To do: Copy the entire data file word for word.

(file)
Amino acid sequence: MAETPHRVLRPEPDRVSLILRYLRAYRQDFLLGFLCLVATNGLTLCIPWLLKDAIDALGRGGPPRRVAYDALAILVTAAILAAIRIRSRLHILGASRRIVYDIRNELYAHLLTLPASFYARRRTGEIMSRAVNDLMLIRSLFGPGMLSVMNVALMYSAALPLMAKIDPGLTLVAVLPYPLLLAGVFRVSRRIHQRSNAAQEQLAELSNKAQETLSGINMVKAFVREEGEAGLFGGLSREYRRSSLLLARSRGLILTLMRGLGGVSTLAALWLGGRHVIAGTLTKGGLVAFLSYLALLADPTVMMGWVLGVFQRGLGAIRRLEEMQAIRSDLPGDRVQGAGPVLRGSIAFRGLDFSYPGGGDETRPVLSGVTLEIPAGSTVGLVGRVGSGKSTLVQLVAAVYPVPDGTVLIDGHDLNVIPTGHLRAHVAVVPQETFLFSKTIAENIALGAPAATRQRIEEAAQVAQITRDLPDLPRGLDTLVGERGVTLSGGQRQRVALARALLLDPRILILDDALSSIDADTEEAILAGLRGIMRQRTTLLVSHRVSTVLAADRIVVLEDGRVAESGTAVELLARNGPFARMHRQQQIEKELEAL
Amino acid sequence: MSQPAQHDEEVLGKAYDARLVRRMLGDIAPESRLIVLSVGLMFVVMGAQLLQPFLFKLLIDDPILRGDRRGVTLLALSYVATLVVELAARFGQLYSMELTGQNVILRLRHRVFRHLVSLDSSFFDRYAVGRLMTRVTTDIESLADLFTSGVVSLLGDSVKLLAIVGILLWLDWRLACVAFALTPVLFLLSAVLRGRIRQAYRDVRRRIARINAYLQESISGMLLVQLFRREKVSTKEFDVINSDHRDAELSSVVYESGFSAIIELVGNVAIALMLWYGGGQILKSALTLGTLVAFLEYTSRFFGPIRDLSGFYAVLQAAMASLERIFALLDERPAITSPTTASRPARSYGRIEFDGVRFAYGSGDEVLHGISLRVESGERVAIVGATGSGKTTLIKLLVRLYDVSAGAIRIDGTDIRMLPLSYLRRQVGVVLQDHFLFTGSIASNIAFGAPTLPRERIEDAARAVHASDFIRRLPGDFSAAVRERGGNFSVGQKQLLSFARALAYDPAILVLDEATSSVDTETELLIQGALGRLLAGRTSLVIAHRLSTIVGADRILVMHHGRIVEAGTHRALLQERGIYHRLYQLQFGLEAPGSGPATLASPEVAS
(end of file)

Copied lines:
Amino acid sequence: MAETPHRVLRPEPDRVSLILRYLRAYRQDFLLGFLCLVATNGLTLCIPWLLKDAIDALGRGGPPRRVAYDALAILVTAAILAAIRIRSRLHILGASRRIVYDIRNELYAHLLTLPASFYARRRTGEIMSRAVNDLMLIRSLFGPGMLSVMNVALMYSAALPLMAKIDPGLTLVAVLPYPLLLAGVFRVSRRIHQRSNAAQEQLAELSNKAQETLSGINMVKAFVREEGEAGLFGGLSREYRRSSLLLARSRGLILTLMRGLGGVSTLAALWLGGRHVIAGTLTKGGLVAFLSYLALLADPTVMMGWVLGVFQRGLGAIRRLEEMQAIRSDLPGDRVQGAGPVLRGSIAFRGLDFSYPGGGDETRPVLSGVTLEIPAGSTVGLVGRVGSGKSTLVQLVAAVYPVPDGTVLIDGHDLNVIPTGHLRAHVAVVPQETFLFSKTIAENIALGAPAATRQRIEEAAQVAQITRDLPDLPRGLDTLVGERGVTLSGGQRQRVALARALLLDPRILILDDALSSIDADTEEAILAGLRGIMRQRTTLLVSHRVSTVLAADRIVVLEDGRVAESGTAVELLARNGPFARMHRQQQIEKELEAL
Amino acid sequence: MSQPAQHDEEVLGKAYDARLVRRMLGDIAPESRLIVLSVGLMFVVMGAQLLQPFLFKLLIDDPILRGDRRGVTLLALSYVATLVVELAARFGQLYSMELTGQNVILRLRHRVFRHLVSLDSSFFDRYAVGRLMTRVTTDIESLADLFTSGVVSLLGDSVKLLAIVGILLWLDWRLACVAFALTPVLFLLSAVLRGRIRQAYRDVRRRIARINAYLQESISGMLLVQLFRREKVSTKEFDVINSDHRDAELSSVVYESGFSAIIELVGNVAIALMLWYGGGQILKSALTLGTLVAFLEYTSRFFGPIRDLSGFYAVLQAAMASLERIFALLDERPAITSPTTASRPARSYGRIEFDGVRFAYGSGDEVLHGISLRVESGERVAIVGATGSGKTTLIKLLVRLYDVSAGAIRIDGTDIRMLPLSYLRRQVGVVLQDHFLFTGSIASNIAFGAPTLPRERIEDAARAVHASDFIRRLPGDFSAAVRERGGNFSVGQKQLLSFARALAYDPAILVLDEATSSVDTETELLIQGALGRLLAGRTSLVIAHRLSTIVGADRILVMHHGRIVEAGTHRALLQERGIYHRLYQLQFGLEAPGSGPATLASPEVAS